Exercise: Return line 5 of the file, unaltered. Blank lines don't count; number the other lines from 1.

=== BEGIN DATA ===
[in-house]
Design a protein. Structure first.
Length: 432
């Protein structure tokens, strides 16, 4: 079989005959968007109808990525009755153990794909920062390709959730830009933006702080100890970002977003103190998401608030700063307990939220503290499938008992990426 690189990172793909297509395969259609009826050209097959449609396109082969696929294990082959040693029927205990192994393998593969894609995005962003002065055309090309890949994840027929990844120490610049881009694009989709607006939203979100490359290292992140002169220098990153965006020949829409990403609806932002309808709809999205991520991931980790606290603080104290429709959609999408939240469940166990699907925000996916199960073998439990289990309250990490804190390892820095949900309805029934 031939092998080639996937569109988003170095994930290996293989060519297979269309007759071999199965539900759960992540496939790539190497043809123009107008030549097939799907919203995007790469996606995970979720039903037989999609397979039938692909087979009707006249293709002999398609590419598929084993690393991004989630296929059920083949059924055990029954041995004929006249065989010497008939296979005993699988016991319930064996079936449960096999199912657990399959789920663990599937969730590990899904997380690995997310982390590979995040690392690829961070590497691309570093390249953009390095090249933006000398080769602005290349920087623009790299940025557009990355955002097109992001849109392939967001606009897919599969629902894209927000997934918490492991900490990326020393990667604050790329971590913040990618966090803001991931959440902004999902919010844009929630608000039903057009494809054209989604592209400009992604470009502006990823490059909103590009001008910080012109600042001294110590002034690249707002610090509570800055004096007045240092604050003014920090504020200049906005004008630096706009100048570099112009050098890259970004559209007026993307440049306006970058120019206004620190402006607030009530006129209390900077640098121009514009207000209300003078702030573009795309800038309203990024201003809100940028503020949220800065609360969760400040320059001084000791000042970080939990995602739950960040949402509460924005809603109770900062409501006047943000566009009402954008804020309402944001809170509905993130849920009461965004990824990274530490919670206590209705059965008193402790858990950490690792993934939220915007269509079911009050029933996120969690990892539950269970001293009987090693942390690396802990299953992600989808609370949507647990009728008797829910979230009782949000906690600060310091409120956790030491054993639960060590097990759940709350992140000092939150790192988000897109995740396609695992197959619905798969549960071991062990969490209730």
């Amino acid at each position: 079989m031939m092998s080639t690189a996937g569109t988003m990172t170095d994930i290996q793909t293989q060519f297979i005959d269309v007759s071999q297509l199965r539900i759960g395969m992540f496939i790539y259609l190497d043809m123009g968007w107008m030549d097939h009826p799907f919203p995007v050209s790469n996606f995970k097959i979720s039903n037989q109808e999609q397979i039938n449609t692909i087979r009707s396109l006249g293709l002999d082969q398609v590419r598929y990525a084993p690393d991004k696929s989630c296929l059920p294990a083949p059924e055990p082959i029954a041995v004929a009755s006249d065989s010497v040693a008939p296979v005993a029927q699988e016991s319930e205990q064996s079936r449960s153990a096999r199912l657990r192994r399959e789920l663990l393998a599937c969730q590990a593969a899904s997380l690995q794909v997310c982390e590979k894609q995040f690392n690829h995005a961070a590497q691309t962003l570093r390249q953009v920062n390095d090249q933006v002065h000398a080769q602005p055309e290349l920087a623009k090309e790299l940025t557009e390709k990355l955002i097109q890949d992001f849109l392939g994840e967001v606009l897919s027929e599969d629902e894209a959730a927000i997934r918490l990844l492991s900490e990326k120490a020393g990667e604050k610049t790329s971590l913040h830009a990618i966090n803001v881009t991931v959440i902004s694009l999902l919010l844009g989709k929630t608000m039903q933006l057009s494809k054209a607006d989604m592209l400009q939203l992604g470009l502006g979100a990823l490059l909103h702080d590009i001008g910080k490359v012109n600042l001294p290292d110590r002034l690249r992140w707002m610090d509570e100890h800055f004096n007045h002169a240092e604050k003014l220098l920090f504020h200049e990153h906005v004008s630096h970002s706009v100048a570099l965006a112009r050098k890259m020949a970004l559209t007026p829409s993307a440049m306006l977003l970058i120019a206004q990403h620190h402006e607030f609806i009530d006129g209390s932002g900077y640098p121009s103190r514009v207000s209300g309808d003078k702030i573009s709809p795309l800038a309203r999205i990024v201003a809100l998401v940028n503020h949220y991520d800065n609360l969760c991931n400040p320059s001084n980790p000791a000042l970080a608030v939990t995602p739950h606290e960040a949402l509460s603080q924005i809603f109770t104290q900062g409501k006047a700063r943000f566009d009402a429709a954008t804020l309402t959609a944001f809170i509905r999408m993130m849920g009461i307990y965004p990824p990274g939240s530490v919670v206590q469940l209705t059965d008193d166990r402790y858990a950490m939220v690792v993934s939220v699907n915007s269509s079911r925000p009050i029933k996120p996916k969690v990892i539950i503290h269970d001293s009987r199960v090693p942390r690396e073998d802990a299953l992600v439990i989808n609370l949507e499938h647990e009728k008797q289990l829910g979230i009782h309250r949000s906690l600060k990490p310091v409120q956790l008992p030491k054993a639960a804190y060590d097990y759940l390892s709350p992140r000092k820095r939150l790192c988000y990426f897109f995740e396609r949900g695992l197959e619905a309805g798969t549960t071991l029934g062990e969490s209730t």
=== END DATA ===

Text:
């Amino acid at each position: 079989m031939m092998s080639t690189a996937g569109t988003m990172t170095d994930i290996q793909t293989q060519f297979i005959d269309v007759s071999q297509l199965r539900i759960g395969m992540f496939i790539y259609l190497d043809m123009g968007w107008m030549d097939h009826p799907f919203p995007v050209s790469n996606f995970k097959i979720s039903n037989q109808e999609q397979i039938n449609t692909i087979r009707s396109l006249g293709l002999d082969q398609v590419r598929y990525a084993p690393d991004k696929s989630c296929l059920p294990a083949p059924e055990p082959i029954a041995v004929a009755s006249d065989s010497v040693a008939p296979v005993a029927q699988e016991s319930e205990q064996s079936r449960s153990a096999r199912l657990r192994r399959e789920l663990l393998a599937c969730q590990a593969a899904s997380l690995q794909v997310c982390e590979k894609q995040f690392n690829h995005a961070a590497q691309t962003l570093r390249q953009v920062n390095d090249q933006v002065h000398a080769q602005p055309e290349l920087a623009k090309e790299l940025t557009e390709k990355l955002i097109q890949d992001f849109l392939g994840e967001v606009l897919s027929e599969d629902e894209a959730a927000i997934r918490l990844l492991s900490e990326k120490a020393g990667e604050k610049t790329s971590l913040h830009a990618i966090n803001v881009t991931v959440i902004s694009l999902l919010l844009g989709k929630t608000m039903q933006l057009s494809k054209a607006d989604m592209l400009q939203l992604g470009l502006g979100a990823l490059l909103h702080d590009i001008g910080k490359v012109n600042l001294p290292d110590r002034l690249r992140w707002m610090d509570e100890h800055f004096n007045h002169a240092e604050k003014l220098l920090f504020h200049e990153h906005v004008s630096h970002s706009v100048a570099l965006a112009r050098k890259m020949a970004l559209t007026p829409s993307a440049m306006l977003l970058i120019a206004q990403h620190h402006e607030f609806i009530d006129g209390s932002g900077y640098p121009s103190r514009v207000s209300g309808d003078k702030i573009s709809p795309l800038a309203r999205i990024v201003a809100l998401v940028n503020h949220y991520d800065n609360l969760c991931n400040p320059s001084n980790p000791a000042l970080a608030v939990t995602p739950h606290e960040a949402l509460s603080q924005i809603f109770t104290q900062g409501k006047a700063r943000f566009d009402a429709a954008t804020l309402t959609a944001f809170i509905r999408m993130m849920g009461i307990y965004p990824p990274g939240s530490v919670v206590q469940l209705t059965d008193d166990r402790y858990a950490m939220v690792v993934s939220v699907n915007s269509s079911r925000p009050i029933k996120p996916k969690v990892i539950i503290h269970d001293s009987r199960v090693p942390r690396e073998d802990a299953l992600v439990i989808n609370l949507e499938h647990e009728k008797q289990l829910g979230i009782h309250r949000s906690l600060k990490p310091v409120q956790l008992p030491k054993a639960a804190y060590d097990y759940l390892s709350p992140r000092k820095r939150l790192c988000y990426f897109f995740e396609r949900g695992l197959e619905a309805g798969t549960t071991l029934g062990e969490s209730t």